Back to Journals » Diabetes, Metabolic Syndrome and Obesity: Targets and Therapy » Volume 13

Lifestyle Behaviors and Socio-Demographic Factors Associated with Overweight or Obesity Among Saudi Females Attending Fitness Centers

Authors AlTamimi AA, Albawardi NM, AlMarzooqi MA, Aljubairi M, Al-Hazzaa HM

Received 26 March 2020

Accepted for publication 9 July 2020

Published 24 July 2020 Volume 2020:13 Pages 2613—2622

DOI https://doi.org/10.2147/DMSO.S255628

Checked for plagiarism Yes

Review by Single anonymous peer review

Peer reviewer comments 2

Editor who approved publication: Dr Konstantinos Tziomalos


Abeer A AlTamimi, 1 Nada M Albawardi, 2 Mezna A AlMarzooqi, 3 Mohanad Aljubairi, 2 Hazzaa M Al-Hazzaa 2

1Health Sciences Research Center, Princess Nourah Bint Abdulrahman University, Riyadh, Saudi Arabia; 2Lifestyle and Health Research Center, Health Sciences Research Center, Princess Nourah Bint Abdulrahman University, Riyadh, Saudi Arabia; 3Department of Community Health Sciences, College of Applied Medical Sciences, King Saud University, Riyadh, Saudi Arabia

Correspondence: Hazzaa M Al-Hazzaa Email halhazzaa@hotmail.com

Objective: To examine the associations of overweight or obesity with several lifestyle and socio-demographic factors among Saudi women attending fitness centers in Riyadh.
Methods: Saudi females (n = 460) aged 16 years and older were recruited from 12 randomly selected fitness centers in Riyadh, using a stratified clustered sampling technique. Bodyweight and height were measured. Lifestyle behaviors were assessed using a previously validated instrument, and included physical activity, sedentary behaviors, sleep, and dietary habits.
Results: Over 62% of the participants were either overweight or obese. Mean BMI values for females younger than age 30 years (26.4 ± 5.3) were significantly lower than those 30 years of age or older (29.2± 5.6, p > 0.001). There was a significant correlation (r = 0.450, p < 0.001) between BMI levels and the participant’s reason to engage in exercise for weight loss. Females who were overweight/obese are significantly older, married, have more children, have a lower educational degree, earn less income, have higher numbers of obese in the family, and had attempted to lose weight more frequently than non-overweight/non-obese females. No significant differences were detected between females who were overweight/obese and those who were not overweight/obese in the majority of the lifestyle-related variables, except that females who were not overweight or obese showed lower weekly consumption of milk and dairy products (p =0.029) and higher intakes of fast foods per week (p =0.049).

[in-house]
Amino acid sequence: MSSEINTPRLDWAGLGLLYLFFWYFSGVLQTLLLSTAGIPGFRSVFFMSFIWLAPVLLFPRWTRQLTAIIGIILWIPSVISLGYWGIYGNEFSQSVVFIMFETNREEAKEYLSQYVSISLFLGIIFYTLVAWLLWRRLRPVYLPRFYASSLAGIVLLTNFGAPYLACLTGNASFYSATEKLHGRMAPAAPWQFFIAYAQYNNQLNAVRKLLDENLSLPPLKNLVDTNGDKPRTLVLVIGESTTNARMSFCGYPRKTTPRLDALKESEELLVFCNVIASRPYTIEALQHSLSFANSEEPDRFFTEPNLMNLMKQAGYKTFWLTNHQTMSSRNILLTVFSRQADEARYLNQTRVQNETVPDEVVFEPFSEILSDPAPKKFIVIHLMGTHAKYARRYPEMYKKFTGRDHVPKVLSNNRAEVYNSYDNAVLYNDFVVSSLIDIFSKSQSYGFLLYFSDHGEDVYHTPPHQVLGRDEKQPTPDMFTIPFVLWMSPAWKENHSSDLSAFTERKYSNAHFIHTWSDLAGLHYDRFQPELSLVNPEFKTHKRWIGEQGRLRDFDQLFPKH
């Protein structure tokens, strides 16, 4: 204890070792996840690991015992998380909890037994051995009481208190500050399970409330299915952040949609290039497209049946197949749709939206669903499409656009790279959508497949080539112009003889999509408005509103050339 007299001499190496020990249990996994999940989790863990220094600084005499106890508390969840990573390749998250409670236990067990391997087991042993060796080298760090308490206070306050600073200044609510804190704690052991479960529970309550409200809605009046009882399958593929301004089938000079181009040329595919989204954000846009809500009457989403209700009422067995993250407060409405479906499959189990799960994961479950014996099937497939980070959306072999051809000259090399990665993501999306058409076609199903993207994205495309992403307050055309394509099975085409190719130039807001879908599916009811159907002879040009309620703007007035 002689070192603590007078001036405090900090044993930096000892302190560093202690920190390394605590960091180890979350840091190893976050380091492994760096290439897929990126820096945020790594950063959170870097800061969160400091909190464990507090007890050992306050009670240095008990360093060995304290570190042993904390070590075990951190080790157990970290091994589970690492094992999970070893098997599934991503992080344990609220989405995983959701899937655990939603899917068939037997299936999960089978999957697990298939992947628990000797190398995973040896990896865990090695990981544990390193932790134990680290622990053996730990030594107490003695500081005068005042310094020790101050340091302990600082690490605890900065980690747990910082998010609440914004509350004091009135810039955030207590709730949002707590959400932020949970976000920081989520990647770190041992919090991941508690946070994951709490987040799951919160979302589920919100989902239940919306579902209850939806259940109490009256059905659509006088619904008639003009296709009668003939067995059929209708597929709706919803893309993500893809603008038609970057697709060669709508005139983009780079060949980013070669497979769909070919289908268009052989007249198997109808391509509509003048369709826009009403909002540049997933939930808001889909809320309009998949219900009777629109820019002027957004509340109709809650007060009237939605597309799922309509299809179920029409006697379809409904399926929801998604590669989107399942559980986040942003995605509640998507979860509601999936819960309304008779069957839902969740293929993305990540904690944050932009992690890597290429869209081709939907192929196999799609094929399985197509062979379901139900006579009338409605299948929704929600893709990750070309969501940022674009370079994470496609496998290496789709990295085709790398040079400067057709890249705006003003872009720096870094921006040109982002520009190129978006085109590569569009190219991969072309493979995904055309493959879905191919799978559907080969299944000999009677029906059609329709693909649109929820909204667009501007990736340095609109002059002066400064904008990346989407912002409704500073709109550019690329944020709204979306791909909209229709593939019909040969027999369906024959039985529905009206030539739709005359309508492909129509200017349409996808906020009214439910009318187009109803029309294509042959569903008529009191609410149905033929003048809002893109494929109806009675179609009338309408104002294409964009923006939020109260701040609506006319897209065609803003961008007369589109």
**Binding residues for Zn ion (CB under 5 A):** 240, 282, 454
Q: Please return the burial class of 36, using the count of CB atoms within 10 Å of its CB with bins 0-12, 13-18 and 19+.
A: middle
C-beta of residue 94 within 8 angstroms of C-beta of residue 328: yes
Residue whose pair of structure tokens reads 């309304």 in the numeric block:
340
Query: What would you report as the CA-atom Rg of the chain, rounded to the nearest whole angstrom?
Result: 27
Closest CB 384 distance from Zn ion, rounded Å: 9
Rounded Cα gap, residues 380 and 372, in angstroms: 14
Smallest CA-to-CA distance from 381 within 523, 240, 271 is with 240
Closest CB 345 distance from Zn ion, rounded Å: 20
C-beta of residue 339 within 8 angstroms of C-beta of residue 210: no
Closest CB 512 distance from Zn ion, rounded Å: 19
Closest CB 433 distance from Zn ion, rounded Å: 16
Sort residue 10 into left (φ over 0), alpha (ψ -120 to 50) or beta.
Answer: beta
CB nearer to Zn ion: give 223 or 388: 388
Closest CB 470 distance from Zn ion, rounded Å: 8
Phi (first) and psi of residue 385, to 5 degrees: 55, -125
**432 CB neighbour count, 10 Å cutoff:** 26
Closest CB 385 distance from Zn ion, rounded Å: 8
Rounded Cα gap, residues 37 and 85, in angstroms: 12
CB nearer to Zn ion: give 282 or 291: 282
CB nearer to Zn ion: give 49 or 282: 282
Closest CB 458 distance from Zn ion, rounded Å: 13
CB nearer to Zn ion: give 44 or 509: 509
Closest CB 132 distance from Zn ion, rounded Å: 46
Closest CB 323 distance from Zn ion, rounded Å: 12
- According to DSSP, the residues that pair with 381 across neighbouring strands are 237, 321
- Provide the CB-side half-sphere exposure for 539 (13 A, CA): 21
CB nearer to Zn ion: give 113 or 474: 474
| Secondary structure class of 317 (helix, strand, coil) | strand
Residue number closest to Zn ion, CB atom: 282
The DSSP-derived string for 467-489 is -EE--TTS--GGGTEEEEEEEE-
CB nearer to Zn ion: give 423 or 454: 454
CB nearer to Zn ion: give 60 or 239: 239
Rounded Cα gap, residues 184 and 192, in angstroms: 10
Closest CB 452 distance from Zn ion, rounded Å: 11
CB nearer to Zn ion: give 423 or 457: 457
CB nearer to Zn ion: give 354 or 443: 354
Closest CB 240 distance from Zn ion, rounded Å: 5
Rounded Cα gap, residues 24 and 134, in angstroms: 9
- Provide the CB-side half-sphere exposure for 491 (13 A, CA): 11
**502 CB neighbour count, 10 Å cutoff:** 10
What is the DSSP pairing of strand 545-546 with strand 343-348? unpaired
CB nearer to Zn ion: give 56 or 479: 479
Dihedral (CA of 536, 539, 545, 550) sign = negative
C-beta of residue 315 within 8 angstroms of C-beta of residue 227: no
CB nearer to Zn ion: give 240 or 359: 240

Conclusion: Weight loss attempts, age, number of obese in the family, and females’ education level emerged as the most important contributory factors to obesity status, explaining nearly 23% of the common variances. A better understanding of the relationships between obesity and lifestyle behaviors is necessary for effective prevention and management of obesity in Saudi females.

Keywords: body mass index, fitness center, lifestyle behaviors, obesity, socio-demographic factors

Creative Commons License This work is published and licensed by Dove Medical Press Limited. The full terms of this license are available at https://www.dovepress.com/terms.php and incorporate the Creative Commons Attribution - Non Commercial (unported, v3.0) License. By accessing the work you hereby accept the Terms. Non-commercial uses of the work are permitted without any further permission from Dove Medical Press Limited, provided the work is properly attributed. For permission for commercial use of this work, please see paragraphs 4.2 and 5 of our Terms.

Download Article [PDF]  View Full Text [HTML][Machine readable]